Monday, July 27, 2009

Last week, I rode with the cops

In the Central Precinct, 10 minutes before roll call, three officers are watching the biggest flat screen TV I’ve ever seen.

Deep voice says, “Lil Rick’s crippin’ had gone too far. The balancing act was torture.”

By 4 p.m., roll call is in full swing. There’s only one female.

“Let’s do like we always do and keep our hats and bats with us.”

Cops pass around documents - bench warrants, photos of wanted suspects - and swap stories. One cop tells of a man who has been getting on elevators, pulling out “Captain Winkie,” shaking it, then putting it away. “Then he’ll just say something casual then get off the elevator,” the cop says.

By 4:30, I’m riding shotgun on a patrol through Old Town. Lately, crack has made its way back into the neighborhood. We’re going to see if anyone’s dealing.

Around 6 p.m., my cop stops to talk to a few people sitting on a wall that used to belong to an old Burger King. The restaurant - now burned through - is plastered with No Trespassing signs.

The woman farthest from the cop is all teeth chattery and bouncing in her white tennis shoes. While he’s checking others’ IDs, she sneaks off into the street, crosses a crosswalk and is gone.

“Officer, there may be a discrepancy with my address,” one of the women still standing there says. Later, I learn her name is Angela. She’s the most facilitating. She has a brand new bicycle, a nice voice and a a felony warrant out for her arrest.

Her friend Yvonne has a little bit of crack in her pocket.

“Am I going to find any more on you?” the cop asks her.

“No sir, I just had a little something this morning,” Yvonne says back.

While he’s frisking her, a tooth falls out of Yvonne’s mouth. A cop on a bicycle wants to frisk the front of her. Yvonne, instead, pulls up her shirt and her bra to reveal no drugs, only large, large breasts. Her driver’s license says she’s 260.

A passerby walking on the sidewalk yells back at the cops as he passes, “Don’t be startled, I’m just a black man walking behind you.”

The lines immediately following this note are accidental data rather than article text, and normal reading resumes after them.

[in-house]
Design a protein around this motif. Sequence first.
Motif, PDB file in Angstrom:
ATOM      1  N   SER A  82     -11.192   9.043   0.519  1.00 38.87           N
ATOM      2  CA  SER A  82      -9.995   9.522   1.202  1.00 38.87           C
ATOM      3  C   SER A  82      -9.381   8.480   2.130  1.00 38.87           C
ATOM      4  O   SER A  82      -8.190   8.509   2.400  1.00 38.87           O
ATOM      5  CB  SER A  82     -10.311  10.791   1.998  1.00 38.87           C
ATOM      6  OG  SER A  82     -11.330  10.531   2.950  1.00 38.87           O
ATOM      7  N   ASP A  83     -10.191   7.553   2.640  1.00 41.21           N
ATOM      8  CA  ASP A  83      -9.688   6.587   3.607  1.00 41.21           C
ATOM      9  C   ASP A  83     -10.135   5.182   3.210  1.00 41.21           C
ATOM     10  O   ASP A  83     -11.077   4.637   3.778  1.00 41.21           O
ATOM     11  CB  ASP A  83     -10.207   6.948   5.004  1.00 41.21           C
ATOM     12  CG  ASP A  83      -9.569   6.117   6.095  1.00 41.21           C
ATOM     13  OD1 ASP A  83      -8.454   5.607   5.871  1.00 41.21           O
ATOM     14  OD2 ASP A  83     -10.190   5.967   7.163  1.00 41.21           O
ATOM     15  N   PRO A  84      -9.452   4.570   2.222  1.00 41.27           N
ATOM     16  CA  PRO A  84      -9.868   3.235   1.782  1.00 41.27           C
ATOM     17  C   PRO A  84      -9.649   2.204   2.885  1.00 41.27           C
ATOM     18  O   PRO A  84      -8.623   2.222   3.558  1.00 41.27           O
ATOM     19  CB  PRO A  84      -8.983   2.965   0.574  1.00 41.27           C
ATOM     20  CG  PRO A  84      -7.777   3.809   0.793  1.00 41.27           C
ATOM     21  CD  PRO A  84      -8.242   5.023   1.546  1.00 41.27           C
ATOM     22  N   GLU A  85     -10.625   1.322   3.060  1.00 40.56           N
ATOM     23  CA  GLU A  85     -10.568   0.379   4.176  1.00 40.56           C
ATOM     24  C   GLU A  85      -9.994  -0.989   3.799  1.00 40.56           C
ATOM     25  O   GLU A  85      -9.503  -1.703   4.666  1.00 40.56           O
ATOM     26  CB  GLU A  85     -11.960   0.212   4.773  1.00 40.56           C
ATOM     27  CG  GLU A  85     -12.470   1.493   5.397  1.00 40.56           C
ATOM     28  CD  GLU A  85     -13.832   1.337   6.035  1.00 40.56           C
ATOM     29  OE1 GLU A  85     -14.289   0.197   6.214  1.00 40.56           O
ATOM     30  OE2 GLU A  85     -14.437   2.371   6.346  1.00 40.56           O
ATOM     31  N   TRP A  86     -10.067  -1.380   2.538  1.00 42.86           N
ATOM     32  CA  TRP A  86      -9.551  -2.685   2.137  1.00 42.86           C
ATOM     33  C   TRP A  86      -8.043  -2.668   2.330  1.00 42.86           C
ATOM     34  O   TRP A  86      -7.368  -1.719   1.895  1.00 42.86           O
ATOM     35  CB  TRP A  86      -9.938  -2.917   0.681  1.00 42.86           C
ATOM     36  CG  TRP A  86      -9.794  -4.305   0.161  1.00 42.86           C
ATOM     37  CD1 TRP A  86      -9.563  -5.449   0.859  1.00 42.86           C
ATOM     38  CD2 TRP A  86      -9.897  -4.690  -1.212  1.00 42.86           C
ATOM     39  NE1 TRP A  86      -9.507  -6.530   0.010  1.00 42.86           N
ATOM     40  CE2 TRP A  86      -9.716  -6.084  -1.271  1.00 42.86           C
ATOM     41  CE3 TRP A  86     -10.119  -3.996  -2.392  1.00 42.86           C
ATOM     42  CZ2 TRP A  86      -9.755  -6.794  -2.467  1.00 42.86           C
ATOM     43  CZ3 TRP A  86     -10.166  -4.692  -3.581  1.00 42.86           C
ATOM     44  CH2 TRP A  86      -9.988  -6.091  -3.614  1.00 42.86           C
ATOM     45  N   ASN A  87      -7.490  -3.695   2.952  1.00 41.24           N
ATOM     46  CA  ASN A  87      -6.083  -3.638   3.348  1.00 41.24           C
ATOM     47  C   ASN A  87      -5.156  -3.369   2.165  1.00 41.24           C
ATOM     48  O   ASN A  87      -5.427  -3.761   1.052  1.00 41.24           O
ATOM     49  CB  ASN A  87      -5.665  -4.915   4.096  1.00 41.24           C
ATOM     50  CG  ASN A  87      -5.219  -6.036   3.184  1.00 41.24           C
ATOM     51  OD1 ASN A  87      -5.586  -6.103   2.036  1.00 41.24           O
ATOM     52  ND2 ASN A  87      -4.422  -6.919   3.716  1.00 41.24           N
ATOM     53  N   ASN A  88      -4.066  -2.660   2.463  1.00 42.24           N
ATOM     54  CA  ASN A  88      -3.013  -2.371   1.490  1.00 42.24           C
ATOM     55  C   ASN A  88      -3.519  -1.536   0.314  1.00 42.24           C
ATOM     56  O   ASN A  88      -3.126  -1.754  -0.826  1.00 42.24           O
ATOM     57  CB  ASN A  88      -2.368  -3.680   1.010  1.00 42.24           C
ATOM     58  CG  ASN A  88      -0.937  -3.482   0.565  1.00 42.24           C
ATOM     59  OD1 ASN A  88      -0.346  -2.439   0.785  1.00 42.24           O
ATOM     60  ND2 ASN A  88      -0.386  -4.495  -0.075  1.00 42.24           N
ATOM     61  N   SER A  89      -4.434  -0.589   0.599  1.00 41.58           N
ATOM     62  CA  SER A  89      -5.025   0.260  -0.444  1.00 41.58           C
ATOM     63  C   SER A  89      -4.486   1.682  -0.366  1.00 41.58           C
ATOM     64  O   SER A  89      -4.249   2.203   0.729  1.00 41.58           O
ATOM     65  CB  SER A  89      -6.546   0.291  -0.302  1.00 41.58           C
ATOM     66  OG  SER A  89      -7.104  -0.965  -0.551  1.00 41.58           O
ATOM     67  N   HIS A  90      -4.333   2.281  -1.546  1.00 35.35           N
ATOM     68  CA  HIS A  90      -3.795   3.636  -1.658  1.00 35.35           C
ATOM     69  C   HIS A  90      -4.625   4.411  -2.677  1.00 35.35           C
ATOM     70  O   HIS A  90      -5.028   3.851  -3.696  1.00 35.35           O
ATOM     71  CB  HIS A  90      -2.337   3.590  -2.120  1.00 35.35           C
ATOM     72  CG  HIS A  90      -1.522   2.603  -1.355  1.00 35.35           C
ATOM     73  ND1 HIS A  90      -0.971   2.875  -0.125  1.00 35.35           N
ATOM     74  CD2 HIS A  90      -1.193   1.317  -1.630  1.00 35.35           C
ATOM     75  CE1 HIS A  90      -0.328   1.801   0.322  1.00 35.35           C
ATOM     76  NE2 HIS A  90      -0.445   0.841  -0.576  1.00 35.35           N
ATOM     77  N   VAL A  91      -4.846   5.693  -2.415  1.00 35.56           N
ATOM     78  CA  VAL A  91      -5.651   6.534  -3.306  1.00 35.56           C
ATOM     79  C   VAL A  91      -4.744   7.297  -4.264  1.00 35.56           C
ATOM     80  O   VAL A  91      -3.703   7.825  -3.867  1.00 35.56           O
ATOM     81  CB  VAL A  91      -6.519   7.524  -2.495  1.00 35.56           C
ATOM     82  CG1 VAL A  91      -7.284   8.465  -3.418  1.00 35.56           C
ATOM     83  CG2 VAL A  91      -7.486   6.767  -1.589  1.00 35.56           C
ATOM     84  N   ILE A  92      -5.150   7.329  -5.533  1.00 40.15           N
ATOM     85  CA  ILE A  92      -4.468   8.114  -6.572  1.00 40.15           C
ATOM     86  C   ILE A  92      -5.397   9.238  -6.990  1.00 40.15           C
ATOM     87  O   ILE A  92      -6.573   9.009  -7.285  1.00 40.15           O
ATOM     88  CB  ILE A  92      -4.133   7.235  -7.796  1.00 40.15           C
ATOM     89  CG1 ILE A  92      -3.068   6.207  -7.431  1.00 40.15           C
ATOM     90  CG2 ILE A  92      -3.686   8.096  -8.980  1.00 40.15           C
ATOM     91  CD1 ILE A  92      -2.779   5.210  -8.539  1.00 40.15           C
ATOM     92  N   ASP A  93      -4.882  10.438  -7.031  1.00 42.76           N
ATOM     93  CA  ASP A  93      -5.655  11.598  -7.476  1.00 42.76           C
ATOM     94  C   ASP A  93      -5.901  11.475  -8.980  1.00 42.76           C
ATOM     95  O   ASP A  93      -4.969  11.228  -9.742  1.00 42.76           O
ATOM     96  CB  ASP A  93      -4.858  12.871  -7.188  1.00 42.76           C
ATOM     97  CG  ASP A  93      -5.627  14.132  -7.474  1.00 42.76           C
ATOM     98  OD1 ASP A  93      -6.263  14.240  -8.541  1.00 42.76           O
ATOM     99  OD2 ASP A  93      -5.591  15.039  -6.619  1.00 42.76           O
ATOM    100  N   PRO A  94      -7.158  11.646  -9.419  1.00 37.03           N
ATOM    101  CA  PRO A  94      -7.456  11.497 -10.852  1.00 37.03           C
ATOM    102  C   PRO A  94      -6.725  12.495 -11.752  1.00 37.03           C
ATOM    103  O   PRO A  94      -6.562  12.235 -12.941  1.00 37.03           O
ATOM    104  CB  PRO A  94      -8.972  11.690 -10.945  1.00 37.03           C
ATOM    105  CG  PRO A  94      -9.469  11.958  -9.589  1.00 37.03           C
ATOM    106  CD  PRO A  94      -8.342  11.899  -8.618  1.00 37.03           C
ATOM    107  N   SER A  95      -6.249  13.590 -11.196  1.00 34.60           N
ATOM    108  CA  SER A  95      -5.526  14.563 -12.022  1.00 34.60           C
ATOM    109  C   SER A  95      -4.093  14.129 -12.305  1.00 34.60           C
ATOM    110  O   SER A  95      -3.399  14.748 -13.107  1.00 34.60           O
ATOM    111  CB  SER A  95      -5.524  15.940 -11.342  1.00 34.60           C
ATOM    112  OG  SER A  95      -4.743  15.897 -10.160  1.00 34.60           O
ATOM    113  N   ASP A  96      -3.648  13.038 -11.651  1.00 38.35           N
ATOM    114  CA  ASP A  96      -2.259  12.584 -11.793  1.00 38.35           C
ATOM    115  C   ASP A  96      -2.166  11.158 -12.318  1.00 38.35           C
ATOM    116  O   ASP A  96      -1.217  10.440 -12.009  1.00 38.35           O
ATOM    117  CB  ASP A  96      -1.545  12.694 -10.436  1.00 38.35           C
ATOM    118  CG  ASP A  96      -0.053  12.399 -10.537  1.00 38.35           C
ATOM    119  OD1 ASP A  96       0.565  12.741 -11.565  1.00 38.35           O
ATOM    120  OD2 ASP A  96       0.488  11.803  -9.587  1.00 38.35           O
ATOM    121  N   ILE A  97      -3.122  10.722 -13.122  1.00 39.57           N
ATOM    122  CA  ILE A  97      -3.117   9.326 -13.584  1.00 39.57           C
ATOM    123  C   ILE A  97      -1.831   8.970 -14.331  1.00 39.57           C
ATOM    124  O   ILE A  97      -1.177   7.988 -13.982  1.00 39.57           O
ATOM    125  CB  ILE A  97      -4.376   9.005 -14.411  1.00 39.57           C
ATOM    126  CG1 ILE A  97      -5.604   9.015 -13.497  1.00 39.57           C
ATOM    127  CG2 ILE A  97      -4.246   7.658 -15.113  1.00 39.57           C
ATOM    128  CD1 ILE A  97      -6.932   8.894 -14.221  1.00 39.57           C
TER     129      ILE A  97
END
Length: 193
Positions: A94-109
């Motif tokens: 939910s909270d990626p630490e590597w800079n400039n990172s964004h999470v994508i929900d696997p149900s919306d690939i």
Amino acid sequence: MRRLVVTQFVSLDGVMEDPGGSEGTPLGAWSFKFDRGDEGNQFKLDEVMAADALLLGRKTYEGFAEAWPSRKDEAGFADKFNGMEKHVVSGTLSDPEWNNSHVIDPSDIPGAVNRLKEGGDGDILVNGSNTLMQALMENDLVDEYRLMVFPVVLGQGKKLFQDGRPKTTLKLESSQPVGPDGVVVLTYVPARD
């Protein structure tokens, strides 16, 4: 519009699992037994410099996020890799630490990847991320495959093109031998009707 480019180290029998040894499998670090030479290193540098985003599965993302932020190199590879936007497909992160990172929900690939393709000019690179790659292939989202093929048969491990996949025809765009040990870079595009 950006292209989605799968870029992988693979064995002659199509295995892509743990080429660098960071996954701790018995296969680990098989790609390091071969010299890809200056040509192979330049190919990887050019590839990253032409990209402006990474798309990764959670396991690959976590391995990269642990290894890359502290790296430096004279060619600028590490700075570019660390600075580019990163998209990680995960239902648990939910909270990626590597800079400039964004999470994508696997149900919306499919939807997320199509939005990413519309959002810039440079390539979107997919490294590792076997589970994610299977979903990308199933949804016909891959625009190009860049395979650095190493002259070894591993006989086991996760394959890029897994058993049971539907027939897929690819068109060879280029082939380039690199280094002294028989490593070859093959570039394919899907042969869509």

Yvonne - now in handcuffs and sitting on the curb - tells the bike cop that part of her tongue ring is in her back pocket. Can she screw it back on?

The bike cop bends down to tighten a knob onto Yvonne’s tongue. She jumps back when she realizes she’s stepped in human feces.

“Those are your new shoes, right?” another cop asks her. That cop is eating a granola bar, talking to the two people they won’t arrest in the group.

The cop I rode with - Chad - is holding up Yvonne’s purse. “Yvonne,” he says sweetly. “What’s vibrating in your purse?”

“A dildo vibrator,” she says.

Chad looks sheepish.

The officers move Yvonne to the police car. While they process Angela, Yvonne and I are alone in the car.

“It’s just crumbs, ain’t a whole lotta dope, just three crumbs. Shit,” she says to herself. “Shit.”

A cop tells one of the two non-arrested members to break a crack pipe they found in Yvonne’s purse, so he walks off the sidewalk, sets it down gently.

“Dooooooon’t!” Yvonne calls from the backseat.

He looks bewildered. “They told me I hafta.”

He steps on it quickly. Parts of the crack pipe fly in through my open window and land on my shirt.

“Man, shit,” Yvonne says. “Why? There wasn’t nothin’ wrong with it.”

“They told me to.”

About this time, Chad puts Angela in the back of the car, too. She’s handcuffed, but she wiggles around to where she can hold a cell phone.

“Hey, I’m going to jail,” she says. “Yes, I’m arrested. I gotta warrant.”

Chad gets in the car. Yvonne asks, “Why are you wasting your time on me? There’s alotta dope out there.”

“There IS a lot of dope out there,” Chad says. “But you’re part of the problem. If you didn’t buy it, dealers wouldn’t be able to sell it.”

“I didn’t buy it,” Yvonne says. “Somebody bought it for me. And anyway, if there wasn’t dealers, there wouldn’t be anybody to buy from. Go arrest a dealer.”

“New dealers would just come around,” Chad says.

He reads her her rights.

The bike cop comes around to ask what Angela wants to do with her bike. She wants Chad to call her fiancee Raymond, who’s 10 blocks away. When Raymond arrives, Angela is crying. They look at each other in disbelief. He takes the bike, and Angela, crying, says to Chad, “I’ve lost everything I’ve ever worked for.”

“What’s that?” Chad asks.

“Nothing,” she says, crying.

“She said she’s lost everything she’s ever worked for,” I tell Chad. “I think she’s sad about the bike.”

“You’ll get your bike back, Angela, don’t worry,” he says.

“I don’t care about my bike,” she says, crying harder. “I’m going to lose my job, my house, my fiancee. All over something I did 10 years ago. I tried to get it taken care of in court, but I couldn’t get a document from Florida.”

Chad turns to me. “The warrant is over a dangerous drug possession.”

“Am I going to get a bail?” Angela asks.

“Uhh, no,” he says, eye-ing a processing paper. “Your bail is zero. Hey, Yvonne, what’s your address?”

She’s silent.

“You not talking to me anymore?” he asks.


It’s 6:45 p.m. I’m due back at work. It’s sunny; the windows are down. There’s crack pipe on my shirt. Chad drops me off in front of the newspaper office, but I walk to Safeway for dinner instead.

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